|Abstract or Summary
- Soil that is contaminated with radioactive elements poses an exposure hazard
to those whom may take up temporary or permanent residence on such a site. Of
particular interest is the internal exposure from ingestion of this radioactive soil.
Although most ingestion of soil is inadvertent, usually being attached to foodstuffs
that are not properly cleaned, it is possible that a person might consume a larger
quantity. Childhood soil ingestion from simple hand-to-mouth activities is one
explanation for this larger intake, as well as geophagia (eating dirt) or pica (craving
and eating non-food items). The assumption that any person might consume a
"mouthful" of dirt is a rare but possible occurrence that, when analyzed, will help with
decisions about safe contamination levels of soil.
Samples of soils contaminated with radium-226 were sent from an engineering
and environmental firm to Oregon State University's Department of Nuclear
Engineering and Radiation Health Physics for assessment. The analysis of the
samples was aimed at the determination of bioavailability and bioaccessibility of the
radioactive species found in the soils. Subsequent site remediation actions for the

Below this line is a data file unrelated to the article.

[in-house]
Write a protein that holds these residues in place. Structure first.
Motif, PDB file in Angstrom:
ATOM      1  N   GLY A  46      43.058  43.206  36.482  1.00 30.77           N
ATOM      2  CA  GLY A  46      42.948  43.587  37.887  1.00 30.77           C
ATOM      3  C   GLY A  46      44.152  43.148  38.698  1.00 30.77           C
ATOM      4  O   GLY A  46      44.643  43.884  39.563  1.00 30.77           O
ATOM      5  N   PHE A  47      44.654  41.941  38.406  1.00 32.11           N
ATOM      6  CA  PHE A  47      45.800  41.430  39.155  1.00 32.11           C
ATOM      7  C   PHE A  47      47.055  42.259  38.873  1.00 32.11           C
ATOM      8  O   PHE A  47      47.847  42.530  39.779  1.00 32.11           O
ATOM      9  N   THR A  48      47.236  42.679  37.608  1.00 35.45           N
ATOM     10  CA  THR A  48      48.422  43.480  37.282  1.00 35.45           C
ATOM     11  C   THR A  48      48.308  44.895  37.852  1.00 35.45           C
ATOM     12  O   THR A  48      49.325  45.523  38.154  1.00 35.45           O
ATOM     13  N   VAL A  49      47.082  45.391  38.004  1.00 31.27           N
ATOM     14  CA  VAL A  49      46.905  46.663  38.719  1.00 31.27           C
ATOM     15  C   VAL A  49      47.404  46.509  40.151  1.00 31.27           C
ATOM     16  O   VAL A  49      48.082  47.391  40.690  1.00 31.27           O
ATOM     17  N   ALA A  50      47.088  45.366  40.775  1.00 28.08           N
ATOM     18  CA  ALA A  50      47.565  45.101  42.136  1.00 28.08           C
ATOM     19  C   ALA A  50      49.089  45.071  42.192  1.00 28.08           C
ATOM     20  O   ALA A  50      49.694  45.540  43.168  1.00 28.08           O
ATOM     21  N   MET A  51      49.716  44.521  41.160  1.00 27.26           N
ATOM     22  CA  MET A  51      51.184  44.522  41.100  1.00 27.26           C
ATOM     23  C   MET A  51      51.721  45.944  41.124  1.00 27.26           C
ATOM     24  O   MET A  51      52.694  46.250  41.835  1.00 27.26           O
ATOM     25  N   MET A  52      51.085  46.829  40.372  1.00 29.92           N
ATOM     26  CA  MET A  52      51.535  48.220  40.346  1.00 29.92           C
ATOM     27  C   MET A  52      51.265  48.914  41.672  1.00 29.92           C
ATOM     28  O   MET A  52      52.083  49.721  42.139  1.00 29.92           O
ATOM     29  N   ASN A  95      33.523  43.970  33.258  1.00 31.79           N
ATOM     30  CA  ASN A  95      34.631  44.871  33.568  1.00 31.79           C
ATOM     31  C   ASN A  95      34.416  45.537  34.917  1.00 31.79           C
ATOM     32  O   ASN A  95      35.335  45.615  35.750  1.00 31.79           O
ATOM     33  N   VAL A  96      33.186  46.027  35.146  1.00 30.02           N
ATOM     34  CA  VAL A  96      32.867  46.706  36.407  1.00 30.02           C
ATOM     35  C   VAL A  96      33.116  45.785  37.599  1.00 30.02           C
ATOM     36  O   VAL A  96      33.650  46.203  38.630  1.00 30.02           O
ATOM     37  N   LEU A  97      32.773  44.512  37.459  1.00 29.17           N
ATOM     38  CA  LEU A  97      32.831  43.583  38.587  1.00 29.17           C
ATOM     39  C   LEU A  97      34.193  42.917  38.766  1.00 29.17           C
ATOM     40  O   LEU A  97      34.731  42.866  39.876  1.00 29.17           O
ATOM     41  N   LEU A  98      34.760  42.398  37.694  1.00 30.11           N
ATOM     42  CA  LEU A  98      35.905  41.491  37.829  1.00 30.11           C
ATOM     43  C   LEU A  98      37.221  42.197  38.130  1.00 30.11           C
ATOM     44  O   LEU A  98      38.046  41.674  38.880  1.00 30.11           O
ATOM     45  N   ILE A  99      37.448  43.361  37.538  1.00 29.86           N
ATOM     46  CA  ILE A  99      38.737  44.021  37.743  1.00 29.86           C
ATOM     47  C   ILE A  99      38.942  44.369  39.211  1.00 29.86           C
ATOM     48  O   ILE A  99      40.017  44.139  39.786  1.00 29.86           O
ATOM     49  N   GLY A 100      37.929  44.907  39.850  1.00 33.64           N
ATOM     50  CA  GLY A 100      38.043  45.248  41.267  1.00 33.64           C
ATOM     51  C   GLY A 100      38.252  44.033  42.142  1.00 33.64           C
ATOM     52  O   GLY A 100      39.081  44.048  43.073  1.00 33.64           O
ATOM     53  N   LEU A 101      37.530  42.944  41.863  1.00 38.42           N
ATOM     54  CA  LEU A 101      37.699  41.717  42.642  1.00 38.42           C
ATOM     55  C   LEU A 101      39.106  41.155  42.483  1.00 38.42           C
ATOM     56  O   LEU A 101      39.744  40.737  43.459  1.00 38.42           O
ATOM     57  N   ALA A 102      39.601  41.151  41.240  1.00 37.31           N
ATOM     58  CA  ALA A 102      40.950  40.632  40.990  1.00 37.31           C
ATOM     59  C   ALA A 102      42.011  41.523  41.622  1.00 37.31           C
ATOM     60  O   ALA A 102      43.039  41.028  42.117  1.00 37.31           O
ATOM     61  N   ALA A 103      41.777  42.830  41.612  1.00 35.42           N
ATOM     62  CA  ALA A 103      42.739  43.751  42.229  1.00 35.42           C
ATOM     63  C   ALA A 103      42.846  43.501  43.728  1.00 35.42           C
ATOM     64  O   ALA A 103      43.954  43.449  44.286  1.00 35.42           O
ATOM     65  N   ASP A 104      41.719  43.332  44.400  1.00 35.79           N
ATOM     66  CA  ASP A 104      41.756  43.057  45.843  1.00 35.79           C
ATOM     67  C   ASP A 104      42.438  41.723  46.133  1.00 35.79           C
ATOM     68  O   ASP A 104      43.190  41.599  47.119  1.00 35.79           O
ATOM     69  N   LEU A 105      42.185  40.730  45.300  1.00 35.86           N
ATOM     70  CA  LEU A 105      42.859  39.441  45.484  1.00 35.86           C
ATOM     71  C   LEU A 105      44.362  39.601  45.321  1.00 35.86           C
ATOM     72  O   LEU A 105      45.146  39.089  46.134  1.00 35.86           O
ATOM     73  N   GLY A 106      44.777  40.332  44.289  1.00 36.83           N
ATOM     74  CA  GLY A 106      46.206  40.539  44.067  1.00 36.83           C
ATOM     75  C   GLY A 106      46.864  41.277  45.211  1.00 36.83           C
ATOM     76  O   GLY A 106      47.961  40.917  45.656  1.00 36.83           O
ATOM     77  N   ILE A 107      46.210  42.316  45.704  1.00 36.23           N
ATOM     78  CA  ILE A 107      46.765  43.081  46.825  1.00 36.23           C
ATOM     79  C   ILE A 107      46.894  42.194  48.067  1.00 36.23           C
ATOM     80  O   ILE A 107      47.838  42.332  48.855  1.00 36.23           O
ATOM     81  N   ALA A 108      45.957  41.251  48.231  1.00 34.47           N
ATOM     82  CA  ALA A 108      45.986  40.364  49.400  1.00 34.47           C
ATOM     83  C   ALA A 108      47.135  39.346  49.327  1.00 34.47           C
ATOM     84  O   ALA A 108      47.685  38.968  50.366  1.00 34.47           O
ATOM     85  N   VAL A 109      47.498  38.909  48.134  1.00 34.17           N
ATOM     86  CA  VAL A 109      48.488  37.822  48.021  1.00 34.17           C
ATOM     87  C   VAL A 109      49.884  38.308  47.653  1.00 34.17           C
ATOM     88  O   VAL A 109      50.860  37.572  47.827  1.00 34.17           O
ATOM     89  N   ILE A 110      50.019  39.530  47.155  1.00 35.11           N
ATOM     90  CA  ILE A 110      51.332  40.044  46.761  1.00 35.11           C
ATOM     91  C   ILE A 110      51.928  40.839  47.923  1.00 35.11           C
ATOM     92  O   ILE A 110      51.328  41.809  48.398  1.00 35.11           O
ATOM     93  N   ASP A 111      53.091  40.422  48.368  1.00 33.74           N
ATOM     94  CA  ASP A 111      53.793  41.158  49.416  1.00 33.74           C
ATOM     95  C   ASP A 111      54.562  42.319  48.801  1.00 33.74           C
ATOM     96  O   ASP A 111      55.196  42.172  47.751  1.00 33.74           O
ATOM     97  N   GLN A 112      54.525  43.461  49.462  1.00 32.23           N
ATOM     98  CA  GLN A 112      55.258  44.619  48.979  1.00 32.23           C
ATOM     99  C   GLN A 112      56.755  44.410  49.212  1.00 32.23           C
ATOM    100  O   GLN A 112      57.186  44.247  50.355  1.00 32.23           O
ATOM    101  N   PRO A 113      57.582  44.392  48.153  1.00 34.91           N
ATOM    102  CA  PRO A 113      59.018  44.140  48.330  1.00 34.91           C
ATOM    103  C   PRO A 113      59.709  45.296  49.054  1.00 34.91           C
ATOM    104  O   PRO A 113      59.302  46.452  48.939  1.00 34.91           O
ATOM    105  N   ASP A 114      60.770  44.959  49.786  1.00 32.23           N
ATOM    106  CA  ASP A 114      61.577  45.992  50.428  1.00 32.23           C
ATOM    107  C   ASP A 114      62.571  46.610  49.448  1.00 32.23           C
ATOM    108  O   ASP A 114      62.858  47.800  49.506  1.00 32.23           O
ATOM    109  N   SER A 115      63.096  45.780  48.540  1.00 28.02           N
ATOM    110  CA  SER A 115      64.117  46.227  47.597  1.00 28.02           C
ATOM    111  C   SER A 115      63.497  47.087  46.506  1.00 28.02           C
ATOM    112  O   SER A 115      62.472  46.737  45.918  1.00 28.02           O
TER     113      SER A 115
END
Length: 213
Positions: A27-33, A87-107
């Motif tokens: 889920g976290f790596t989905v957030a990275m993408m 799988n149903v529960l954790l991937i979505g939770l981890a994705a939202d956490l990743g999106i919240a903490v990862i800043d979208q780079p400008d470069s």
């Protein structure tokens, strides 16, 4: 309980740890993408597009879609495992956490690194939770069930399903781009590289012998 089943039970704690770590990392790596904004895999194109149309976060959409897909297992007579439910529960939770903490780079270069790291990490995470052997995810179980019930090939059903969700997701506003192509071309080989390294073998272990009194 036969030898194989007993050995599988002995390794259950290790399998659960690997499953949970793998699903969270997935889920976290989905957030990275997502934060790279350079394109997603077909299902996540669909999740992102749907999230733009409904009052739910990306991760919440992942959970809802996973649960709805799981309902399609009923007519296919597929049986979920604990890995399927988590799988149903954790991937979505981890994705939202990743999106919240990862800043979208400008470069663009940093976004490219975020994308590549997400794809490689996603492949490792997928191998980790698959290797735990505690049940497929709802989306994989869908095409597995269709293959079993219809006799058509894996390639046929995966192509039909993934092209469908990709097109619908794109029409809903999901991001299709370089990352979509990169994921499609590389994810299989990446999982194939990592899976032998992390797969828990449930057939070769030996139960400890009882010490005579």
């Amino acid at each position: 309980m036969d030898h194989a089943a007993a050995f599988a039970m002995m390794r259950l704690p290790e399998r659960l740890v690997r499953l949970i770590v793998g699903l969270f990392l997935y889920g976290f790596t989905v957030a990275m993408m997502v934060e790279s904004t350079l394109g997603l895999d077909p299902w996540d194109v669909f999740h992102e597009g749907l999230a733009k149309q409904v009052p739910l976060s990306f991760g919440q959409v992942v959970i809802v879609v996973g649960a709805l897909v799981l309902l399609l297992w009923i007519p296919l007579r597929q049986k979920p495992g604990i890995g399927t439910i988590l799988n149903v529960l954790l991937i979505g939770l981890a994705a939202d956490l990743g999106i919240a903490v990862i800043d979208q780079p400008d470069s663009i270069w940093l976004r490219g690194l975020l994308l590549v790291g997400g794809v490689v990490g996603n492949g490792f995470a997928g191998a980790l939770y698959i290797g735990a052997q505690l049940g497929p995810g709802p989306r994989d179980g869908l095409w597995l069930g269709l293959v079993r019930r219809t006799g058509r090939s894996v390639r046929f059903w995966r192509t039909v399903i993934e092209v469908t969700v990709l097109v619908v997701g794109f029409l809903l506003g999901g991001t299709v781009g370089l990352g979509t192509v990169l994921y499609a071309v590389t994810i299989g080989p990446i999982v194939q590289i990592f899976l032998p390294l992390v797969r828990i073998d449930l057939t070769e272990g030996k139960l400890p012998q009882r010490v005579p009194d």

New Jersey-based project would be partially dictated by the results of Oregon State
Initially, the soils were tested for the presence of carbonates, for leachability of
radioactivity in water and in acid, and for particle size distribution, i.e., soil type.
Each of the eight samples was then subjected to a stomach/intestinal analogue to
determine how much of the radioactivity would be transferred to solution upon human
ingestion, (bioaccessibility). Mass balance and gamma spectrometry outputs for the
soil samples before and after the digestion was one way the loss to solution was
assessed. Another method to determine the loss of radioactivity to solution was to
count aliquots of the digestive fluids in a high purity germanium detector, using a
library of only radium isotopes and their progeny to locate peaks. The combination of
results from mass balance and gamma spectrometry outputs allowed for OSU's
researchers to determine the bioaccessibility of each soil's radioactive components.
Using the determined bioaccessibility and previous animal models, the determination
of bioavailability varied between the samples, from zero to 28% of the total initial
radioactivity in the samples.
A hot particle estimation of the dose from the non-bioavailable portion of the
samples yielded a high dose to a small number of cells. Assuming ingestion of the
most radioactive sample, (Sum-03a), the amount of damaged (killed) tissue in each
section of the gastrointestinal tract was estimated to be less than 0.0407 cm³. This
small volume of tissue is not likely to result in evident damage as the healthy human
gastrointestinal tract regenerates all surface cells approximately every six days and
most items are resident in the digestive system for less than 48 hours.